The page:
Electric cars are a more common sight in showrooms and on driveways today, but EVs have been around for many years now - Nissan's Leaf was first introduced in 2011.

Under the current VED rules, vehicles registered between 2001 and 2017 pay the zero rate if their emissions are below 100 g/km - which means all pure electric vehicles remain VED-free.

Car Tax for electric cars registered between March 1 2001 and 31 March 2017

The below rates are for the 2023-2024 tax year

Vehicle Excise Duty Band

  • A

CO2 emissions

  • Up to 100

Standard rate

  • £0

Electric cars registered before 2001

Although electric cars have been around almost as long as petrol and diesel cars, before 2010 they were very much in the minority and not mass-produced. That means you will struggle to find a car from before 2001 with an electric powertrain.

However, the current boom in electric vehicles has also made EV conversions much more popular. Taking an older car, removing its petrol or diesel powertrain and installing battery packs and an electric motor has meant older cars getting a new lease of life.

The current VED rules for pre-2001 vehicles is purely based on engine size, but with an EV conversion you can benefit from zero car tax until April 2025.

Will the Government introduce car tax for electric cars?

Yes, most electric cars in the UK will pay car tax VED from 1 April 2025.

The main reason for this is the Government’s 2030 ban on the sale of new petrol and diesel cars and its legal commitment to reach net zero carbon emission by 2050, which means that more and more motorists will be switching to electric cars - and as they switch there will be a decline in motoring tax revenues for the Treasury. 

Should electric car owners pay car tax? 

In 2021, we consulted more than 10,000 drivers on what a new car tax system should look like that would be ‘fairer for all'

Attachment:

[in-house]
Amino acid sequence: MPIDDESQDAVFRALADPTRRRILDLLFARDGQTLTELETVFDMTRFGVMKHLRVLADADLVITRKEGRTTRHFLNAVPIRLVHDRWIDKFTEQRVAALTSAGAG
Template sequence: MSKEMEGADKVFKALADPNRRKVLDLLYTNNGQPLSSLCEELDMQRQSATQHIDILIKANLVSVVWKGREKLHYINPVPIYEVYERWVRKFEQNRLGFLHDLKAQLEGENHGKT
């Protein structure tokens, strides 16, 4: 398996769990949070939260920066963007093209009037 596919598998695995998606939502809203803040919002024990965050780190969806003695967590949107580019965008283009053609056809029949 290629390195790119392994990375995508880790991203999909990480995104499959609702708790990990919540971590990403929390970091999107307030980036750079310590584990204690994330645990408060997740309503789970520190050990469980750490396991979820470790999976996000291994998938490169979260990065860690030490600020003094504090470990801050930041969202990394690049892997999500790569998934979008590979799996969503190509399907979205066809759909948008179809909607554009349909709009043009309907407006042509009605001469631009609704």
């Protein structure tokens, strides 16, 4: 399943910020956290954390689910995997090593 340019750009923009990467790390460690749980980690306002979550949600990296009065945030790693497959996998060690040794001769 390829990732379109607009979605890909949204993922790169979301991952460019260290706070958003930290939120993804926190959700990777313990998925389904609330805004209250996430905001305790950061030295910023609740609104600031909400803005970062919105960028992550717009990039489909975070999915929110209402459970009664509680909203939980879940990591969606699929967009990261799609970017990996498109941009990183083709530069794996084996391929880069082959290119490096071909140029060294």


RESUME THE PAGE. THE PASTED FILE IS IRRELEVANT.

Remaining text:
About a fifth (10%) were in favour of a pay-per-mile system of car charging being introduced. 

More than a quarter (28%) said a flat-rate of vehicle tax should be introduced meaning petrol, diesel, EV and hybrid car owners would pay the same amount. 

An increase in fuel duty was supported by 16%, while car tolls emerged as the least popular option - favoured by just eight per cent.

The Transport Select Committee has said that a new charging mechanism should be "revenue neutral with most motorists paying the same or less than they do currently”.

Your electric car tax questions answered

Electric cars provide lower fuel costs and free car tax VED and cheaper car insurance. However, free VED car tax will end on 1 April 2025.

Electric cars currently qualify for free car tax. You still need to obtain car tax when you buy an electric vehicle and renew it every 12 months but you will pay nothing for this process. Free VED for electric cars will end in 2025 and they will be charged at the standard road tax rate.

From 1 April 2025, the Government will introduce vehicle excise duty (VED) to electric cars for the first time. The most will plug the £35 billion ‘fiscal black hole’ that is predicted if EVs are allowed to have free VED until 2030.